Metabolic syndrome and related dietary intervention among patients with coronary and peripheral arterial disease attending cardiovascular rehabilitation programs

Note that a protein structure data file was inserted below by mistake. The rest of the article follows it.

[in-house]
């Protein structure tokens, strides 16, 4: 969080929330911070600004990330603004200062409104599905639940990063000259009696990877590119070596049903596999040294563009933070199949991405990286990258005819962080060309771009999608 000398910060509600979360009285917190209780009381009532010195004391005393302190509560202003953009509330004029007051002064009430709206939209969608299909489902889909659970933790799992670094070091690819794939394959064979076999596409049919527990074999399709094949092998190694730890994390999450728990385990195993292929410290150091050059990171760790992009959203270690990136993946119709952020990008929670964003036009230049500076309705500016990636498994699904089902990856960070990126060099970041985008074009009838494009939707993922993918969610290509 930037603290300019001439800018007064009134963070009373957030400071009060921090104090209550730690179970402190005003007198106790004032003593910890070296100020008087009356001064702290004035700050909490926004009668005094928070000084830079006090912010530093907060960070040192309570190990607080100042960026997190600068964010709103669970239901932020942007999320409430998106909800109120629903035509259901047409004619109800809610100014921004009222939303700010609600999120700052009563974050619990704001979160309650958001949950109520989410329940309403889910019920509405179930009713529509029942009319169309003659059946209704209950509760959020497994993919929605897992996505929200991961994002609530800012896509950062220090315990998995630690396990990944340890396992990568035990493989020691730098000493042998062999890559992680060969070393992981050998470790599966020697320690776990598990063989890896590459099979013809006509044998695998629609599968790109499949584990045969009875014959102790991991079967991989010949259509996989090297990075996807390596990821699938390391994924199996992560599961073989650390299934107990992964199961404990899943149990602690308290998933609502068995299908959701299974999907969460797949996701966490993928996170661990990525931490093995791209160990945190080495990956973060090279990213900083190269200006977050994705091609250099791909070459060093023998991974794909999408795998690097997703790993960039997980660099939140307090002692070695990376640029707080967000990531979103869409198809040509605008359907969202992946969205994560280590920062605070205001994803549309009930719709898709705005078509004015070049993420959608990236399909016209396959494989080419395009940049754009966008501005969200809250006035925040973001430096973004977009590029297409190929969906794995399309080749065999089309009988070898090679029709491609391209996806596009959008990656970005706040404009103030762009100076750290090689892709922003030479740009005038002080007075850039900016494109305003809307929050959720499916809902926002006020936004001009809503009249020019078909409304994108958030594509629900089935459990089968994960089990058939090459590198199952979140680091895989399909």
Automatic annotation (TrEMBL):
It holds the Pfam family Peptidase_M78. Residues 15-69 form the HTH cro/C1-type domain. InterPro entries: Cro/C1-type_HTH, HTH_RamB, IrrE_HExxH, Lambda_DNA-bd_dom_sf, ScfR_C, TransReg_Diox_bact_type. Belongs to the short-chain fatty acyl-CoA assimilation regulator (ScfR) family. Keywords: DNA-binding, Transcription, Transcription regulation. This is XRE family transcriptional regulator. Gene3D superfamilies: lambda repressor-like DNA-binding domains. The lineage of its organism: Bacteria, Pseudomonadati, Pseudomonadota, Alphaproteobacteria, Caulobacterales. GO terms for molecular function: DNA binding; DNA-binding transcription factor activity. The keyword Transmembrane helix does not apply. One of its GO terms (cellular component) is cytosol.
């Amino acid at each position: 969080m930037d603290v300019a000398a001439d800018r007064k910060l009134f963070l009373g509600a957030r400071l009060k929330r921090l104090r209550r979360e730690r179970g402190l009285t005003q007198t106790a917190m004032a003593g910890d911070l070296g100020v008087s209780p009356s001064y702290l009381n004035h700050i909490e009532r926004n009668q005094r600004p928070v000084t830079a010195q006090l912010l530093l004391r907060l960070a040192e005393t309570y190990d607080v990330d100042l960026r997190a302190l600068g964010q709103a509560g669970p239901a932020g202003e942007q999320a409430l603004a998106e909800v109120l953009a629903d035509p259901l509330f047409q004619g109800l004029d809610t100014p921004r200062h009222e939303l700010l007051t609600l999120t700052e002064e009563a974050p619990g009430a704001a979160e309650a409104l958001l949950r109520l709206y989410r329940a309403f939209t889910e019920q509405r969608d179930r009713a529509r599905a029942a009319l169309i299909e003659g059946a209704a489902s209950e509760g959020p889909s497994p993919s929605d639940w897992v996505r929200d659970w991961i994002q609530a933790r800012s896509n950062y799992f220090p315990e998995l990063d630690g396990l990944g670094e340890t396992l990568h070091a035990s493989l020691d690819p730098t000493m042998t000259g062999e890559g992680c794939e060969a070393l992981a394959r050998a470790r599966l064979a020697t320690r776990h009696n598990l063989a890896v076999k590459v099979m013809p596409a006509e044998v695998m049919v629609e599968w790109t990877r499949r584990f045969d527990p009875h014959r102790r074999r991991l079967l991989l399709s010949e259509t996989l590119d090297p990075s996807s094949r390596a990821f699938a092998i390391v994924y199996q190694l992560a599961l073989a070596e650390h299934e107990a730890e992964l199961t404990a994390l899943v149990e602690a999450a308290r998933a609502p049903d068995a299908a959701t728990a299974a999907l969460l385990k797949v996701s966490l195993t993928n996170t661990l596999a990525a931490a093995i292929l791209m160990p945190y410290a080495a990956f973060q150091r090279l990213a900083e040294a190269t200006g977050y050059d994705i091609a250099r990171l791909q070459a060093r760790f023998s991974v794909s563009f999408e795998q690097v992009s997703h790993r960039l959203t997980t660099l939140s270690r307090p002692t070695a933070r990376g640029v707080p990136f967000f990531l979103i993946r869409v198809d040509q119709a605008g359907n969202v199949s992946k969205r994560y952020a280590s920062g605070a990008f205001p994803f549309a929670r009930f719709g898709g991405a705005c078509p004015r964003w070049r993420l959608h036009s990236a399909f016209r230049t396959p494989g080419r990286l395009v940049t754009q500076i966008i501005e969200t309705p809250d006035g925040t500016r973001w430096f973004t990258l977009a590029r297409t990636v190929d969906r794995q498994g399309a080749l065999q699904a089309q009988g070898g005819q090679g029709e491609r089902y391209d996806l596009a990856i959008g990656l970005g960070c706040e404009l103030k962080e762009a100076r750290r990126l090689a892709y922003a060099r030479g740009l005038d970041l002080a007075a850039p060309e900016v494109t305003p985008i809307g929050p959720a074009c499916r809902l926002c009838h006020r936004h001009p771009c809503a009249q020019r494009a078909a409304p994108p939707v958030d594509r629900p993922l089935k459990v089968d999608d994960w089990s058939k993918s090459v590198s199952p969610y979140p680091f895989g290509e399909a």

AbstractAim of the study: To provide estimates of the prevalence of metabolic syndrome (MS) among patients with coronary artery disease (CAD) or peripheral arterial obstructive disease (PAOD) attending cardiac rehabilitation (CR) programs, as well as related dietary needs targeted on the single core components of the syndrome. Methods: Observational study enrolling 209 patients (males 75%, mean age 65Â±8 yrs.) referred to a CR facility because of silent ischemia (11%), chronic stable angina (28%), acute coronary syndrome (41%), or peripheral arterial disease (20%). The MS was diagnosed according to the 2005-modified NCEP ATP III criteria. Dietary regimens were classified into four areas of intervention (weight control, lipid control, glycaemic control, and blood pressure control) and compared in patients with and without MS. Results: MS accounted for 26% of all patients, with the highest prevalence (31%) among those admitted after acute coronary syndromes. All four dietary regimens were significantly more prescribed (p< 0.001) among patients with MS as compared to controls, with low sodium (95%) and low fat (90%) diets as the most represented patterns. All patients with MS were prescribed multiple dietary patterns, with adoption of a comprehensive low energy, low fat, and low glucose diet in up to one fifth of cases. Conclusion: Patients with CAD or PAOD referred to CR programs often display an high cardiometabolic risk and need a broad regimen of dietary modification.
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